With the NFL Draft just a few weeks away, all 32 teams are in a mad scramble to be ready and prepared to make decisions on players they hope will have a positive impact on their club. In reality, most of these picks won’t do that. Some will become stars in the league, but even if you go in the 1st round, or even in the top five selected, there is no guarantee for success.
For Kevin Colbert, Mike Tomlin and the entire Steelers’ staff, making seven solid picks will be hard. Given their needs, it will be harder. Mix their position in the draft order and you have a Molotov cocktail in hand, poised to be thrown.
I’ve stopped looking at the roughly 1 billion mock drafts put out. They don’t mean squat until the actual draft begins. You can project all you want. You can guess who’s going to make a draft day trade to move up or gain more picks. In the end, all you can really do is interview as many kids you think could be available and hope for the best.
With such a low spot in the drafting order, and only seven picks, the Steelers find themselves handcuffed. They can’t really package up picks to try and move up. And for what? I think many would agree that ILB and safety are the key areas that need addressed the most. Unless you can move into one of the top 12 spots, guys like Tremaine Edmunds (the stud LB from VA Tech) or Derwin James (Florida State safety) will be long gone. Even good middle 1st round prospects like Rashaan Evans (Alabama LB) and Leighton Vander Esch (Boise St LB) most likely won’t be around when the time comes for the Steelers to pick.
The catch is if the Steelers don’t trade up, you go with the ‘best available’ athlete on the board. There has been some speculation that if he was there at 28, Lamar Jackson could be wearing black-and- gold to start his NFL career.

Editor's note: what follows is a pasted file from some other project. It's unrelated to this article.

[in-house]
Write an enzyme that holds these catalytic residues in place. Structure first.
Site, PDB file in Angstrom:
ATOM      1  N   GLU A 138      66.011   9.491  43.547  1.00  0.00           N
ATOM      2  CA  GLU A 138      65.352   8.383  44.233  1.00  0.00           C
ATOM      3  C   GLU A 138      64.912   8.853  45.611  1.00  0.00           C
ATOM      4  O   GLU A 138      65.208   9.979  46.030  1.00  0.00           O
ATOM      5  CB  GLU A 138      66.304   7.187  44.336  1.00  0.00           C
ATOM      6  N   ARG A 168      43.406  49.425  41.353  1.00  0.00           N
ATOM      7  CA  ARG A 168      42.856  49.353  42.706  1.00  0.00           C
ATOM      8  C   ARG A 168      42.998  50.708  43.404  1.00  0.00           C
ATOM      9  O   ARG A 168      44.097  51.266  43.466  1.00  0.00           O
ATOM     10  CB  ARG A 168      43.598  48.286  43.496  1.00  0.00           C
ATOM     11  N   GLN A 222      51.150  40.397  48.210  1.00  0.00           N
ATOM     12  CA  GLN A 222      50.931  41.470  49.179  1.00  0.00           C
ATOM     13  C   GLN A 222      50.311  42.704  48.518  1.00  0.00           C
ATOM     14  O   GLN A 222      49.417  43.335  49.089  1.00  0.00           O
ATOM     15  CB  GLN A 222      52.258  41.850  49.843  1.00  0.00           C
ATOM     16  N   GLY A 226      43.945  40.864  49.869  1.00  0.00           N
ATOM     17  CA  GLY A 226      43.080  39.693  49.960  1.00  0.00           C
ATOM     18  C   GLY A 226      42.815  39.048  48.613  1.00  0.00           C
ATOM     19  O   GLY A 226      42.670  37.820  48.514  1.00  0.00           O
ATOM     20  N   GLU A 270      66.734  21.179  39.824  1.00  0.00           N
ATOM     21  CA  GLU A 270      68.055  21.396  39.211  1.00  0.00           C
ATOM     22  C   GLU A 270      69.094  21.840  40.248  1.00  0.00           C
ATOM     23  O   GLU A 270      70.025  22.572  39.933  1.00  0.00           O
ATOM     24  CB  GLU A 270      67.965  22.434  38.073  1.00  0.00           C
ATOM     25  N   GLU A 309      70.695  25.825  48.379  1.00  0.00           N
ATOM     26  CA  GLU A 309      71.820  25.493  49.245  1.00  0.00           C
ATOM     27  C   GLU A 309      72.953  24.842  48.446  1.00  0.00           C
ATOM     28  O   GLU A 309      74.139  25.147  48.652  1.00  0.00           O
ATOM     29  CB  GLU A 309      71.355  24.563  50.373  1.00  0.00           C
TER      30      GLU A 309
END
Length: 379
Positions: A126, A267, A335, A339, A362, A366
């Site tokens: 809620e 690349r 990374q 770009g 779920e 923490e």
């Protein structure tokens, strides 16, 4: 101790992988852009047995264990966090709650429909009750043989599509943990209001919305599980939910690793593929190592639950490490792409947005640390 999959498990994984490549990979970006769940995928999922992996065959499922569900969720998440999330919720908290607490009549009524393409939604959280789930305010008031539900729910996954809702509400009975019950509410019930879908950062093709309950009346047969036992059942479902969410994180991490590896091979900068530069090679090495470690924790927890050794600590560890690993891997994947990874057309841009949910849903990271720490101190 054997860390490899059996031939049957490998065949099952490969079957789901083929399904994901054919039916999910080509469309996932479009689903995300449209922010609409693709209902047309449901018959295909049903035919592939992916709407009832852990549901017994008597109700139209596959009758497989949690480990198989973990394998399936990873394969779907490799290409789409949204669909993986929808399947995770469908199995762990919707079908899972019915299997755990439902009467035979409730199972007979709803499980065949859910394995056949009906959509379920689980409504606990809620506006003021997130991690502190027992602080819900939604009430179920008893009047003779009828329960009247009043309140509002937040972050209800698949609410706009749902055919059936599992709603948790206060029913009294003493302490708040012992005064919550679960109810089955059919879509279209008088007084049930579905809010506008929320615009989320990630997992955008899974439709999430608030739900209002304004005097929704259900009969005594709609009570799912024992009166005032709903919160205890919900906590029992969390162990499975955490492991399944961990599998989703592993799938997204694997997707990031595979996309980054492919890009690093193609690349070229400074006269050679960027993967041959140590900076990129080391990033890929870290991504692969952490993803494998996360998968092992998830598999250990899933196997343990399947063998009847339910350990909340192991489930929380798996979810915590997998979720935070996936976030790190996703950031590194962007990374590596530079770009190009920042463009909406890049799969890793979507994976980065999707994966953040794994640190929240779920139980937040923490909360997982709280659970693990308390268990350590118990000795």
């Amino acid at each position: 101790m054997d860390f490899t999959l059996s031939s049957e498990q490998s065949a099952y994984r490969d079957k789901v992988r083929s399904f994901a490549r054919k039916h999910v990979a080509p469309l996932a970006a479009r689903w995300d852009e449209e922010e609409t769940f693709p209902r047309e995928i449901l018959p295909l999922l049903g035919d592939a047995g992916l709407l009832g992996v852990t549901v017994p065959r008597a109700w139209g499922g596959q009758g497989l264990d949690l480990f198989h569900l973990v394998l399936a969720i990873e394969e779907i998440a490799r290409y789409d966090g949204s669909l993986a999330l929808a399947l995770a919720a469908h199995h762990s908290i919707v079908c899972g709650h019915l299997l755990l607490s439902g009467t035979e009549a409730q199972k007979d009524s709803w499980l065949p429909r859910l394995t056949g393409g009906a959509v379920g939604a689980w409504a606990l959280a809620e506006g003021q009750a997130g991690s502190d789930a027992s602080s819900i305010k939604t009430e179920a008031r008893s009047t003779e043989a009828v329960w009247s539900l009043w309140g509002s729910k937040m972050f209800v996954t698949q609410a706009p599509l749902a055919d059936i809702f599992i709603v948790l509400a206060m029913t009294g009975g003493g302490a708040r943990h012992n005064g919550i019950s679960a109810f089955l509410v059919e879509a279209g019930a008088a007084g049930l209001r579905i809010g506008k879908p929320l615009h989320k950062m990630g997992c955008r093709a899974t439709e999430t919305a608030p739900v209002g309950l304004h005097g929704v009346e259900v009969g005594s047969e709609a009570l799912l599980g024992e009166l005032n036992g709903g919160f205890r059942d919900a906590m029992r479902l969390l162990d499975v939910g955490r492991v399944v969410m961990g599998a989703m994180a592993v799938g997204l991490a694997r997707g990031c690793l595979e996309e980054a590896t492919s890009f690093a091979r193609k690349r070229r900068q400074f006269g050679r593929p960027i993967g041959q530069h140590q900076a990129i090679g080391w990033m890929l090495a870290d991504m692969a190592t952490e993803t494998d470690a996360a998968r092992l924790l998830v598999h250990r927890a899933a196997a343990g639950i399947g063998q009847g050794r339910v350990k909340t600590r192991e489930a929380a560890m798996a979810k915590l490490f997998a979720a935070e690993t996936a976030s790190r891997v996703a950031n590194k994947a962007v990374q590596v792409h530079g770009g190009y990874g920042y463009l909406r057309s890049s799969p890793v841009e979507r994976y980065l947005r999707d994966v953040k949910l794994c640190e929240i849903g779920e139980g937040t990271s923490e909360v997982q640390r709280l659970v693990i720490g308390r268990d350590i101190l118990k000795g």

I think we can all agree that Landry Jones probably isn’t the future long-term starter for this team. Would taking Jackson, who I think has upside at that spot in the draft, be such a bad pick? He would have time to develop under the future hall of famer in Ben Roethlisberger, and given Ben’s durability, he could provide 2-3 years of mentorship before he hangs it up.
To be honest, if that scenario played out I could live with it. Despite the real needs of an inside linebacker and secondary help, if a ‘can’t miss’ guy isn’t available, taking a player like Jackson could benefit you down the road. The Steelers still have plenty of time to work the free agent market for help and the draft, once complete, will help clear the path to do just that.
This is a 13-3 team with much of it’s key talent coming back. Whatever the Steelers do in terms of player selection, lets hope it’s with the idea that whoever they bring in will have some sort of impact that gets this team where it needs to be.
John Phillips is the author of this article and a secret member of the galactic empire. When he’s not chasing down Jedi scum along East Carson Street, he can be found writing articles for BTSC.